Hall Passes and Priorities

I have a new role model.

He’s brave. Practical. Adorable. Self-assured. Polite. Poised.


His name is Lin Hao. And he’s nine years old.

You might have seen him, walking along side the uber-statuesque Yao Ming as the Chinese Olympic delegation entered the stadium during the Opening Ceremonies.

Lin (or is it Hao -- I can never remember which is the proper way to shorten a Chinese name) isn’t an athlete. He’s much more than that, in my opinion.

He’s a survivor of the horrific Sichuan earthquake that devastated the country and the world, measuring 7.9 on the Richter scale and killing over 70,000 folks. When the ground began to shake, Lin was sitting in his second grade classroom, being a typical kid. The quake caused the school building to collapse around him and his classmates. Lin was one of the lucky ones, able to survive and free himself from the rubble -- but that wasn’t enough. He went back into the perilous site and was able to bring two of his peers to safety, encouraging them to sing to help keep up their spirits until rescue teams could reach them.


When he was asked why he did what he did -- risk his life to help his pals -- he said, very matter-of-factly, “I was the hall monitor. It was my job to look after my classmates...”

There’s a lesson here, y’all.

This Olympic experience is not without its issues -- China has a horrific human rights and environmental record, tainting their role as a gracious host; an American tourist has been killed (although that seems to have been determined to be an isolated incident); the passionate American Winter Olympian Joey Cheek was denied a visa at the last minute because of his outspoken position on the atrocities of Darfur (see China’s horrific human rights positions).

I’m an Olympics junkie. I will watch just about any event - love the spectacle, the sport and yes, the sportsmanship. Even with all those outside factors clouding the pure enjoyment for me this go-'round.

But Lin Hao has helped assuage the guilt pangs of my cynical, liberal soul. Kid’s got his priorities in order. Thinking of others in so many ways. Keeping a cool head in the midst of crisis. Being nonplussed about the entire thing.

We all need to be each other’s hall monitor -- making it our job and our joy to look out for one another. And giving each other a hall pass when necessary.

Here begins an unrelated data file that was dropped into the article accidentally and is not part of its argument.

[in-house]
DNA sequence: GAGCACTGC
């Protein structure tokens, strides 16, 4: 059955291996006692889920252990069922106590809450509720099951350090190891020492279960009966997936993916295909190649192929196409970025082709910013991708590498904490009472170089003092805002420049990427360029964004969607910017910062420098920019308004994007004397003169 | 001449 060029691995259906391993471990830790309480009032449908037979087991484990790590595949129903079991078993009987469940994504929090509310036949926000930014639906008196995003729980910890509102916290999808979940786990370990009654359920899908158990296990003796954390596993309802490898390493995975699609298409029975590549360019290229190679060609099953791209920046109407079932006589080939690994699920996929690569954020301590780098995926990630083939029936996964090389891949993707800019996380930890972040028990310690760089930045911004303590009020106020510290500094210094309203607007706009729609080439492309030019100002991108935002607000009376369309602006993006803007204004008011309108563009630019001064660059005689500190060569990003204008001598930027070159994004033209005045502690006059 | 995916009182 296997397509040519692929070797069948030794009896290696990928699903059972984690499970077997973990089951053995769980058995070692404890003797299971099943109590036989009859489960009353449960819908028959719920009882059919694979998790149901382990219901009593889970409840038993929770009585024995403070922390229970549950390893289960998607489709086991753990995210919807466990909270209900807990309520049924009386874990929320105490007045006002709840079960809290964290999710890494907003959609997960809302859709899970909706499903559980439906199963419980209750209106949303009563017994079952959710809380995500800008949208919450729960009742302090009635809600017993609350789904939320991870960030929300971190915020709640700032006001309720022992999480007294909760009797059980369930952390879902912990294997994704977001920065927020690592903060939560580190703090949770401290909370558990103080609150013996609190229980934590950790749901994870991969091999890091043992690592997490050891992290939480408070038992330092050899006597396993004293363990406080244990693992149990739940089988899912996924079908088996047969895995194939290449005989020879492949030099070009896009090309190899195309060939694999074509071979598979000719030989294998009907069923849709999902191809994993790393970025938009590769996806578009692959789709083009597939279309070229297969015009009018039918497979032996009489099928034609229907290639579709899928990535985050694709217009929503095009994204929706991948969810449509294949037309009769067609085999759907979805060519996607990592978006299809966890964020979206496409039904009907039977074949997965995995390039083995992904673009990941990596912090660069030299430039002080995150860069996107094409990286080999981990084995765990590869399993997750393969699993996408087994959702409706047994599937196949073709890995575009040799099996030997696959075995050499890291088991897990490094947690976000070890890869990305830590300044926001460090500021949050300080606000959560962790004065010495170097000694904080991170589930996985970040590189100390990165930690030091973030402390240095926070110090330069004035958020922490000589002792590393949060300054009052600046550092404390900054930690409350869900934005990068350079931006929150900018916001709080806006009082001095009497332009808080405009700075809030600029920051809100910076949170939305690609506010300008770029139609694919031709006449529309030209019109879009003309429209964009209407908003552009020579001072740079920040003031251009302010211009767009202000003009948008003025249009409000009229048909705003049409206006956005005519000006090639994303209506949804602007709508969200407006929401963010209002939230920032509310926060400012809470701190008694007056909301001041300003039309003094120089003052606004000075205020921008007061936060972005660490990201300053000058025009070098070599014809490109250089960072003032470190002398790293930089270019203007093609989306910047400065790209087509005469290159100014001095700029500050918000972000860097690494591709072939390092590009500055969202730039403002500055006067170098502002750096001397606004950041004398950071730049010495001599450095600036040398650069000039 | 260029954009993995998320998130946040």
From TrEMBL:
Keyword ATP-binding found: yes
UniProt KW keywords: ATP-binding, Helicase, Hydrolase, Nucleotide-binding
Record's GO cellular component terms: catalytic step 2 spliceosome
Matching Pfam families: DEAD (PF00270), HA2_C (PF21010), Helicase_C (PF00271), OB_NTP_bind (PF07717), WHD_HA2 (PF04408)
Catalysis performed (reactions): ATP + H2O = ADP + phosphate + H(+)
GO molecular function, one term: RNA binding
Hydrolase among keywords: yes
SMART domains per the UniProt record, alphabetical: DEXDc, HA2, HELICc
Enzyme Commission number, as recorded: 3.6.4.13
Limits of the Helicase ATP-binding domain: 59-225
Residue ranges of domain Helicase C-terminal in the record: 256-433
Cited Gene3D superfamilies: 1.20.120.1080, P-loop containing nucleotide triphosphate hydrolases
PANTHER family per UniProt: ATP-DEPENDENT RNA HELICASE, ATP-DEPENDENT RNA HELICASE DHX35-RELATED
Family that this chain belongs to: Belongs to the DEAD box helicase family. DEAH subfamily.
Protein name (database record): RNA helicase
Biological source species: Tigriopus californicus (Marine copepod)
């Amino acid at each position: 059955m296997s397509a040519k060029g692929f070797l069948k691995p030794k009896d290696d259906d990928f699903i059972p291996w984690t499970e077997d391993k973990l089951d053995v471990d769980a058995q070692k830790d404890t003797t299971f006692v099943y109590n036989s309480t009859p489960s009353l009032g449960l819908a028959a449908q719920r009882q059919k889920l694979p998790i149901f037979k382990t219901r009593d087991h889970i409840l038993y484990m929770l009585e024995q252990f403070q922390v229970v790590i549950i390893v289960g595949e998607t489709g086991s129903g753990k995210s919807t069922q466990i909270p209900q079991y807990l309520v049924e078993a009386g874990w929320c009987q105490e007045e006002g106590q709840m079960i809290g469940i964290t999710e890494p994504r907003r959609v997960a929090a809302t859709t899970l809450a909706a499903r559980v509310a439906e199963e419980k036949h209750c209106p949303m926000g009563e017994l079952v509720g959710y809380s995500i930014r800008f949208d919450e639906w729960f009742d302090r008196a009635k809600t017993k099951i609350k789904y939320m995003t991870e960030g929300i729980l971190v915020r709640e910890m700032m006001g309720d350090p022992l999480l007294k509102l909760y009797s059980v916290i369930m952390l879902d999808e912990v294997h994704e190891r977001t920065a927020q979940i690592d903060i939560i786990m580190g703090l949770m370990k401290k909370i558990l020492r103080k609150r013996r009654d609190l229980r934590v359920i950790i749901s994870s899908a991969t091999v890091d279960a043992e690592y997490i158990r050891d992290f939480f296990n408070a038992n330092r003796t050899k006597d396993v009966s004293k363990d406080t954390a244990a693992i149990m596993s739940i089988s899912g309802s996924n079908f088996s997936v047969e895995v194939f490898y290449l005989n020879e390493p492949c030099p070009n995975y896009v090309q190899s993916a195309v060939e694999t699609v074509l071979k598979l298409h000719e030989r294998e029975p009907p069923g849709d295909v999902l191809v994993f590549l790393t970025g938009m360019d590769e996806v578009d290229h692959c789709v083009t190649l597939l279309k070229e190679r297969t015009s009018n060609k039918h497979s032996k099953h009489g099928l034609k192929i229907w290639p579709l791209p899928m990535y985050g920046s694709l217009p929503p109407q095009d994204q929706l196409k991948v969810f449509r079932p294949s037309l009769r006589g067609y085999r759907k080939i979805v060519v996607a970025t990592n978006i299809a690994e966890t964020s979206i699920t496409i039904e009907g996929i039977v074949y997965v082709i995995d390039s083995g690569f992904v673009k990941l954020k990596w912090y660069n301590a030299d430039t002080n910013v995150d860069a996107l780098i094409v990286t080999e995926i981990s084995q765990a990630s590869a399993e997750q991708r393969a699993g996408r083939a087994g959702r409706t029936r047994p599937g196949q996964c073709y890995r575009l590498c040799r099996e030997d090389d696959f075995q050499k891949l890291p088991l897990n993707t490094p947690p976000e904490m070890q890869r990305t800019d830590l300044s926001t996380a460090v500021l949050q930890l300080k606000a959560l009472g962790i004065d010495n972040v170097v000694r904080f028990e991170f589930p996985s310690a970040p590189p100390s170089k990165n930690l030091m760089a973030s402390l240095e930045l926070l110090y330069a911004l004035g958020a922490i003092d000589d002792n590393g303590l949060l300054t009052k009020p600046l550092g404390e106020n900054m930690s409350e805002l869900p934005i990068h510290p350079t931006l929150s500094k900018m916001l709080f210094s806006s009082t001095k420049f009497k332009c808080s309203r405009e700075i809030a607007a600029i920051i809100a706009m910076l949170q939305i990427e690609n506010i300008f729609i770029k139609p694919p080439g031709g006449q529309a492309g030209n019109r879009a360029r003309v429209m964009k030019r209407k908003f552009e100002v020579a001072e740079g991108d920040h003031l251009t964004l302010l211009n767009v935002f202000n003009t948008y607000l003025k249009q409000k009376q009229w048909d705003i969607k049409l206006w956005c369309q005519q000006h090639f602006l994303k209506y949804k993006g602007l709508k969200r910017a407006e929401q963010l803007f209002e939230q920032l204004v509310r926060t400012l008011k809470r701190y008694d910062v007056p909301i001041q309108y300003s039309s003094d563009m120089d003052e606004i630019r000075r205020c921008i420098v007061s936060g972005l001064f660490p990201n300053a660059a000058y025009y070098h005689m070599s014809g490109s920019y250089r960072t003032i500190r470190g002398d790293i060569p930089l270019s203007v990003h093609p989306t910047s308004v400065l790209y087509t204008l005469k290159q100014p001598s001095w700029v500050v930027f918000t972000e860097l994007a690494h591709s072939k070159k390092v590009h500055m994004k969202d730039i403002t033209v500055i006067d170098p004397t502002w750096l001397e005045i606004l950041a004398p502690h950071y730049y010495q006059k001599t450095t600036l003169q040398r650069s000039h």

I can think of no greater honor or responsibility.

Can y’all?


Miss Attitude said...

As CJ knows, I'm the anti-Olympics junkie. But when you put it like that, it's touching and inspirational.

perpstu said...

I don't watch very many of the events and certainly not the Olympic ceremonies, so I'm glad I can view wonderful things like this through your eyes!

Karen MEG said...

A special boy indeed, I didn't know that little guy's story.

I guess the thing I think of when I'm watching is the Chinese people themselves, their pride in their country and their ability to put this together. And not their government or their highly questionable policies. I don't necessarily agree with all of my government's positions, but it doesn't mean that I don't love my country.

And this despite me being really pissed that they got these Olympics over my much greener, cleaner, and more generally more globally responsible home town. No, I don't hold a grudge ... not really ;)

citizen jane said...

karen meg -- well put. I'm also trying to focus on the people and their pride of country and of self. And the physiques of the male swimmers.

What. I never said I wasn't hanging out in the shallow end of the pool...

PS: Your hometown is gorgeous. Toronto, right? Was there last summer and really want to go back.

April said...

I'm glad you're enjoying it all so much! I have to admit, I'm having a hard time finding any Olympic spirit, but I generally have it on in the background, so maybe something will spark me soon!

CableGirl said...

What an incredible kid. I never heard that story (but then again I don't really watch the Olympics). Sometimes people really do show you that the human race not all self serving...

Jen of A2eatwrite said...

My Swedish daughter is here right now so I haven't been as involved in the Olympics and didn't know the story.

Fabulous story and wonderful kid.

Can HE run for President?